Tinder For Tech Jobs: 5 Apps Better Than LinkedIn - InformationWeek

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2/10/2015
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David Wagner
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Tinder For Tech Jobs: 5 Apps Better Than LinkedIn

These five innovative job search apps take advantage of dating-site functionality to help you find your next job while easing the pain of potential rejection.
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Poachable
Poachable is a compelling concept. It is a site for people who already have a job, who are happy with the job they've got, but could be persuaded to go for the right kind of job. You fill out your profile with your work history and other questions. Then, you fill out a questionnaire saying what kind of job would make you consider leaving your present position. You can fill in a salary or responsibilities or a title (or, of course, all three) that would get you to make a career move. You can look at companies and jobs curated by the site. If companies are interested, they can click on your profile, but they will see only basic information about you at first, nothing to identify you. Just work history and what you are looking for. If there is mutual interest, they can contact you and you can agree to share more information. You can back out at any point in the process and your information returns to being private. In my mind, if the first apps are like Tinder for Jobs, this is like Match.com for jobs. It matches people on 'deep levels of compatibility' and seeks to build lasting relationships. But it does so with an eye toward your privacy and the delicacy of considering another job while you currently have one.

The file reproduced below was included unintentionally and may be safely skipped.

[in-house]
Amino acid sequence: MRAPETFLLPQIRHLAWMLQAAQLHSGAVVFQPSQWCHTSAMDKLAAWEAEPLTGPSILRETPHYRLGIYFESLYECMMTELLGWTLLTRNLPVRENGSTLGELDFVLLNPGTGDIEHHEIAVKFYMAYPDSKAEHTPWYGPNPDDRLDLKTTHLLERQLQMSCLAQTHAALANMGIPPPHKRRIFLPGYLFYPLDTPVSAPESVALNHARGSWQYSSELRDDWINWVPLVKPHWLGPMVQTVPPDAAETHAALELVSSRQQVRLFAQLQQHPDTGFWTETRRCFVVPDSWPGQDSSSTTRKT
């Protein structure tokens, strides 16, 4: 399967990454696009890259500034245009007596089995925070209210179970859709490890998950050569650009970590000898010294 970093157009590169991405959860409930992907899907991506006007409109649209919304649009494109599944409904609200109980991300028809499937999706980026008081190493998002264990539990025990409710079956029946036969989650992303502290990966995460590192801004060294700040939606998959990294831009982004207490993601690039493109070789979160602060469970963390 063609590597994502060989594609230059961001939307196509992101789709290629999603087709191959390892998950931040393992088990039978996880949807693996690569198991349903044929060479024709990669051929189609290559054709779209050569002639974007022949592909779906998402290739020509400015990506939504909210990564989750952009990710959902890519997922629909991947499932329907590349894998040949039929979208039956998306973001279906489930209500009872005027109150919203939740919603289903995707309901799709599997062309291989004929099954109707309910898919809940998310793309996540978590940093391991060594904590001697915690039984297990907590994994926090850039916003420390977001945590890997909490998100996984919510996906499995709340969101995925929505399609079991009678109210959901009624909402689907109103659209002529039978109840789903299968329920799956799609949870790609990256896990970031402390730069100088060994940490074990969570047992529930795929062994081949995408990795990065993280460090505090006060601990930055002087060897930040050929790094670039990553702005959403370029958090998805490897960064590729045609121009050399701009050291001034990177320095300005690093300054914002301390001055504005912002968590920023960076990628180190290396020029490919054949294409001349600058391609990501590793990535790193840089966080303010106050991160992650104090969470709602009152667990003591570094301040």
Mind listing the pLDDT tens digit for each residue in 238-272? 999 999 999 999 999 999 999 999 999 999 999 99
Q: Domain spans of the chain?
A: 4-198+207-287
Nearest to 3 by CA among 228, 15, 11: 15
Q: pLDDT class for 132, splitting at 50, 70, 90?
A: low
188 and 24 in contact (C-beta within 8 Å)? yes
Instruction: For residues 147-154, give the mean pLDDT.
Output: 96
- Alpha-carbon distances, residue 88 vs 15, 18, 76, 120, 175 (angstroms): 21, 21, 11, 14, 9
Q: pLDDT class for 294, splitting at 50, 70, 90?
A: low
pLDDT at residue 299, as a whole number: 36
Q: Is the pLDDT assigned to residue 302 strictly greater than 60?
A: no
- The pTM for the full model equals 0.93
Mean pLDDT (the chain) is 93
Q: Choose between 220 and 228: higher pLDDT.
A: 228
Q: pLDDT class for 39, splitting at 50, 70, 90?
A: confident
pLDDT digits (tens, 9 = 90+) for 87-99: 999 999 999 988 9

(Image source: Poachable)

Poachable is a compelling concept. It is a site for people who already have a job, who are happy with the job they've got, but could be persuaded to go for the right kind of job. You fill out your profile with your work history and other questions. Then, you fill out a questionnaire saying what kind of job would make you consider leaving your present position. You can fill in a salary or responsibilities or a title (or, of course, all three) that would get you to make a career move. You can look at companies and jobs curated by the site. If companies are interested, they can click on your profile, but they will see only basic information about you at first, nothing to identify you. Just work history and what you are looking for. If there is mutual interest, they can contact you and you can agree to share more information. You can back out at any point in the process and your information returns to being private. In my mind, if the first apps are like Tinder for Jobs, this is like Match.com for jobs. It matches people on “deep levels of compatibility” and seeks to build lasting relationships. But it does so with an eye toward your privacy and the delicacy of considering another job while you currently have one.

(Image source: Poachable)

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Ariella
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Ariella,
User Rank: Author
3/1/2015 | 11:53:06 AM
Re: Tinder For Tech
@David that's true.
David Wagner
50%
50%
David Wagner,
User Rank: Strategist
2/27/2015 | 11:12:41 PM
Re: Not sure
@kstaron- I see how they can be degrading if you took them too seriously. I think they work best for the casual job seeker or the one who is interested in exploring options. You are right, the ten minute conversation seems to be the best use.
David Wagner
50%
50%
David Wagner,
User Rank: Strategist
2/27/2015 | 11:10:58 PM
Re: Tinder For Tech